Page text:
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Hiyoshiya: Reinventing the Umbrella


Gavin Blair visits a small company in Kyoto whose president has brought one of Japan’s most iconic traditional products not only into the twenty-first century but also to countries around the world.

Kotaro Nishibori, president of Hiyoshiya, holds a nodate-gasa parasol for use in the open-air tea ceremony. In the background is Hokyo-ji temple, which is located directly opposite the Hiyoshiya studio. The temple allows Hiyoshiya to use its grounds to dry the umbrellas under sunlight after coating with linseed oil.
At the peak of their popularity in the Meiji period (1868–1912), there were over 200 manufacturers of traditional Japanese umbrellas in Kyoto. Today, there is but one, Hiyoshiya. With sales falling alongside the decline in the use of wagasa—as the umbrellas are known in Japanese—Hiyoshiya, too, had been on the verge of closing down. It was saved by Kotaro Nishibori, the current president, who has reinvigorated the business by taking its traditional craftsmanship in new directions.

Wagasa are painstakingly handcrafted from a single piece of bamboo and covered with washi (Japanese paper) to create the individual design of each umbrella. Wagasa have been made this way for almost a thousand years since they were introduced from China, though the waterproofing of umbrellas with linseed oil and their wide use as rain umbrellas is a relatively recent development, dating back a couple of centuries.

“There are three main kinds of wagasa: the parasol, the rain umbrella, and the larger kind used for tea ceremonies and other such occasions,” explains Nishibori.

Although Nishibori is the fifth-generation head of Hiyoshiya, he came to the field from outside, having married the daughter of the previous head of the business. He was a local government worker at the time and had no notion of how to run a traditional Japanese artisan’s company. However, after having seen, and come to appreciate the craftsmanship of wagasa, he decided—against many of his friends’ advice—to take over the business twelve years ago.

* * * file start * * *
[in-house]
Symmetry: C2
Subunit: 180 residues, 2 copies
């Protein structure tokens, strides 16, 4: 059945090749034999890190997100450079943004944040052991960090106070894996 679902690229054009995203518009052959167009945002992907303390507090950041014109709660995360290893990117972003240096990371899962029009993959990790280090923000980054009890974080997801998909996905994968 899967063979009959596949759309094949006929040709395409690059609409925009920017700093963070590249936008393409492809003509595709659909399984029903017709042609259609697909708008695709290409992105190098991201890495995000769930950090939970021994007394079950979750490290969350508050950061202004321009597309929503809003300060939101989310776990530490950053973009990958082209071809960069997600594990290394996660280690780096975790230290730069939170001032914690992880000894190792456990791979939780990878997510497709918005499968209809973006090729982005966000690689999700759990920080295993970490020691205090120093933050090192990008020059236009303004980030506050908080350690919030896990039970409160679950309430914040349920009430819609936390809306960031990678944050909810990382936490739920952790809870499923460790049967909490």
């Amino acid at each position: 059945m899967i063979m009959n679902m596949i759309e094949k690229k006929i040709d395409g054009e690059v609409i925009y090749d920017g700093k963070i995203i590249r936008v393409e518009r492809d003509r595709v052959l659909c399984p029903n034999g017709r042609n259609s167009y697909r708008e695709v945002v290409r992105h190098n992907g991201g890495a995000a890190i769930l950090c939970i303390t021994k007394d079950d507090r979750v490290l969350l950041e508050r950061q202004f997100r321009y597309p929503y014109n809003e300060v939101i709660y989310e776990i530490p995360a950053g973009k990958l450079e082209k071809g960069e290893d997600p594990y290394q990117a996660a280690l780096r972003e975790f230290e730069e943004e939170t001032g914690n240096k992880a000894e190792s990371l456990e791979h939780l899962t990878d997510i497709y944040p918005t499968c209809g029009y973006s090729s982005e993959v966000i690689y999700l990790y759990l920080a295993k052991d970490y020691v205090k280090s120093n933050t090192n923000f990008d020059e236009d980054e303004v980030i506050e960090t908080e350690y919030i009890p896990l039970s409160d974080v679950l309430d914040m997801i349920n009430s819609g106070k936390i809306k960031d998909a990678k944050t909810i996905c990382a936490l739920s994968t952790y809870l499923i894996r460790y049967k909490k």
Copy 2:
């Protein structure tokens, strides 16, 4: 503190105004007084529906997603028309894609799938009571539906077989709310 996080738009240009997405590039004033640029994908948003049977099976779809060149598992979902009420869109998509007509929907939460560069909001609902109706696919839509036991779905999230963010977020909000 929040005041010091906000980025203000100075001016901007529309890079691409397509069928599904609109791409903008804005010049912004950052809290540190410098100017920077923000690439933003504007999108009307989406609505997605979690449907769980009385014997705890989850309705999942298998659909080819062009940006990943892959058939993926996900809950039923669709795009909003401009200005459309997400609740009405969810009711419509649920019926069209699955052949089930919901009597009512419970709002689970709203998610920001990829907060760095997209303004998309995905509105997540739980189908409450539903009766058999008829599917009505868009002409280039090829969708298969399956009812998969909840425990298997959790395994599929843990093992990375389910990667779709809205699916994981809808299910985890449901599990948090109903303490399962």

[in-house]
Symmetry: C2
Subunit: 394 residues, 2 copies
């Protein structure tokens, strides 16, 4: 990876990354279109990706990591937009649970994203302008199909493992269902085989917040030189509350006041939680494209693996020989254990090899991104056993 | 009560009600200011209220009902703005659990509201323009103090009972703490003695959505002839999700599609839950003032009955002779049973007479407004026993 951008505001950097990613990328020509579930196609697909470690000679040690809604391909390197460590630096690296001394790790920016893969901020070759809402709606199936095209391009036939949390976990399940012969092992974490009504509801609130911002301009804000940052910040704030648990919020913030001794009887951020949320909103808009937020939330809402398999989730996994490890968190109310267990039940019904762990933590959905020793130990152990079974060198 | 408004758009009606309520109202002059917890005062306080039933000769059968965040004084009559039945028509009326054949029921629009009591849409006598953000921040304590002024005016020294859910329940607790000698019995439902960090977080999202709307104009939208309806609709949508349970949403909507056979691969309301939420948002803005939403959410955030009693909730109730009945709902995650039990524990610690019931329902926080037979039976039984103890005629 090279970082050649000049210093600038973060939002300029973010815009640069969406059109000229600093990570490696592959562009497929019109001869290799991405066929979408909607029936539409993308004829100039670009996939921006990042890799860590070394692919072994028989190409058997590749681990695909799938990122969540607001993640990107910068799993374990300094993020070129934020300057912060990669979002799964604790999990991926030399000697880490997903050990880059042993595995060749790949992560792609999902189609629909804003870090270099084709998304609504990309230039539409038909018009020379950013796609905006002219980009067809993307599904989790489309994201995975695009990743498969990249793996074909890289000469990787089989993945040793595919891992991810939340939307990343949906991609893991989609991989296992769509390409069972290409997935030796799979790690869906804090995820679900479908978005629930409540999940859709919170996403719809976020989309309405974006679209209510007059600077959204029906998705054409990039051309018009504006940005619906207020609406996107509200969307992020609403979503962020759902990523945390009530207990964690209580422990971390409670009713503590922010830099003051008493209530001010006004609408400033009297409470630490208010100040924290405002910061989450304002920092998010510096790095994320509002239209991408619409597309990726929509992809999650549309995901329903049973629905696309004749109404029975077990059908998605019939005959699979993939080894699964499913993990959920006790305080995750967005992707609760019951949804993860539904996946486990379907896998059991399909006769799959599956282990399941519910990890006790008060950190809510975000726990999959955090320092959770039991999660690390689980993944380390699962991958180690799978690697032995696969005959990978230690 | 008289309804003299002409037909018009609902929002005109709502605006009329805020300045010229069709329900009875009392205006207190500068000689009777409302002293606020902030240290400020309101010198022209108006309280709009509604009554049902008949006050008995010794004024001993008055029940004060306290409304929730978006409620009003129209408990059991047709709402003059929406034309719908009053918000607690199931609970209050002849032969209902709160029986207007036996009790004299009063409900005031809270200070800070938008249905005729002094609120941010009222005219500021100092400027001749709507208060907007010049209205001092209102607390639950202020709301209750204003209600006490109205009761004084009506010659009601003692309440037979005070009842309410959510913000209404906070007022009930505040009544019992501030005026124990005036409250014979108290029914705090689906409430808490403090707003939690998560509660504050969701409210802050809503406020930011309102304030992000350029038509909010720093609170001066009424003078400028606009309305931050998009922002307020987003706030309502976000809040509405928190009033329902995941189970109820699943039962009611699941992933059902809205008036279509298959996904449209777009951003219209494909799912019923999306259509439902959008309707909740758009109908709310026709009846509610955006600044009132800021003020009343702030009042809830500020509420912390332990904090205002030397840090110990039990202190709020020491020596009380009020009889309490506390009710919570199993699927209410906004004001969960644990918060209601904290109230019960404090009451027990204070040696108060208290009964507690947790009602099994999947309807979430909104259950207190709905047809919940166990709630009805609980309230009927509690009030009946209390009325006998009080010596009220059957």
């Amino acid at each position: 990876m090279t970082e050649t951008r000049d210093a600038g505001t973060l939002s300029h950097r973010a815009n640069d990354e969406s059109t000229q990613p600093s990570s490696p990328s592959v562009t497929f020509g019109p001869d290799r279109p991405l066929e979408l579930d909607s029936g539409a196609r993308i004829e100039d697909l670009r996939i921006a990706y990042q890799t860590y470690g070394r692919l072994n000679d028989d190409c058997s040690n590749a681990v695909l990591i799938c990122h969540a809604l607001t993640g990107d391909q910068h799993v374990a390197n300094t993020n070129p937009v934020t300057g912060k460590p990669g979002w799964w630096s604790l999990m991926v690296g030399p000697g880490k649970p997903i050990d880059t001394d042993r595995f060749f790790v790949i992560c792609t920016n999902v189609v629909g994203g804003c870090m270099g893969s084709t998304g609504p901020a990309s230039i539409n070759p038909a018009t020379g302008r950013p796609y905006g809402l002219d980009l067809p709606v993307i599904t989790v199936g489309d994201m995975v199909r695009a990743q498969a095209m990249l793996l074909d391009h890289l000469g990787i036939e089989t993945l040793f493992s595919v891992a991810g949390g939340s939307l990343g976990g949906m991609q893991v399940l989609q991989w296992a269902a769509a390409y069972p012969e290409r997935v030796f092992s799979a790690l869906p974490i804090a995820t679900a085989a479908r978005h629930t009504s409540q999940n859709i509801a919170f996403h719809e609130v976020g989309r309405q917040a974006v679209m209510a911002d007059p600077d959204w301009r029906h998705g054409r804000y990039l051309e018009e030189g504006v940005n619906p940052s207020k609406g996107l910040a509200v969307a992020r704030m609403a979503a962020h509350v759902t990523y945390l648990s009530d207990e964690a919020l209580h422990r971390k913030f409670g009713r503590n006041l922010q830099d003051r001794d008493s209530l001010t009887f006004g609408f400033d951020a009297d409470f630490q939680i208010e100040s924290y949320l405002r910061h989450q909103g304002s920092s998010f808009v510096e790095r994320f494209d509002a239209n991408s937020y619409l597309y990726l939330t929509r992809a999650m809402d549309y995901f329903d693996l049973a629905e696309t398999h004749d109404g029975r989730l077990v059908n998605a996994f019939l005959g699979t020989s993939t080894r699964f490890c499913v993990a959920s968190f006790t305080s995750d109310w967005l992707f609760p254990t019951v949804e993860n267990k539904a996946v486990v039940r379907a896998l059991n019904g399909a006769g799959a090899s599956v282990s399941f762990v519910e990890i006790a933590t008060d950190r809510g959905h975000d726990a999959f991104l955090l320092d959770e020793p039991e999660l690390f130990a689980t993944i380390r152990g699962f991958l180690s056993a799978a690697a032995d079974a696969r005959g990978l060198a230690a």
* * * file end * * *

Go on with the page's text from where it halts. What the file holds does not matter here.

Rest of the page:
Kotaro Nishibori utilizes the open-close mechanism of the design features of the wagasa umbrella (left) in lampshade designs such as this one (right) made of steel and plastic.
“With the number of people using wagasa decreasing year by year, we had to do something new to save the business, so we decided to make lamps and lampshades using the principles, materials and craftsmanship of wagasa,” says Nishibori.

In addition to creating lamps from the traditional bamboo and washi paper, Nishibori has created a series made from steel and plastics, utilizing the shape and design of wagasa. As well as being bought for private houses, the lampshades are also used in restaurants, cafés and hotels both in Japan and abroad.

Nishibori learned by trial and error when trying to make products for overseas markets. He explains that his first set of lamps was deemed too small when he took them to Europe to show people. He was also told that they were too bright, so he made larger sizes with lower wattage light bulbs. The lamps are now sold in twelve countries and represent about 40% of Hiyoshiya’s sales, being particularly popular in central Europe where they have won design awards.

“We exhibited in Shanghai last year and thought maybe our products would be too expensive for the Chinese market, but that turned out not to be the case at all,” says Nishibori.

“Even in Japan, when people do want to buy a wagasa, they often don’t know where to buy it. The Internet is really useful in this respect, and the number of people accessing our homepage has grown enormously since we launched it in 1998,” says Nishibori.

Having studied abroad after high school while staying with relatives who had emigrated to Toronto, Canada, Nishibori learned to speak English, which has proved useful as his overseas business has increased. He has also collaborated with European designers on new ranges of products and traveled around the world to exhibitions with Hiyoshiya.

According to Nishibori, the only way to protect the traditional artisan skills of making and repairing wagasa is to take them and put them to use creating products that will sell in the modern global marketplace.

“There’s a lot of talk about tradition, but nothing started life as traditional; what is now thought of as traditional was once new,” points out Nishibori. “My philosophy is that tradition is a continuing process of innovation.”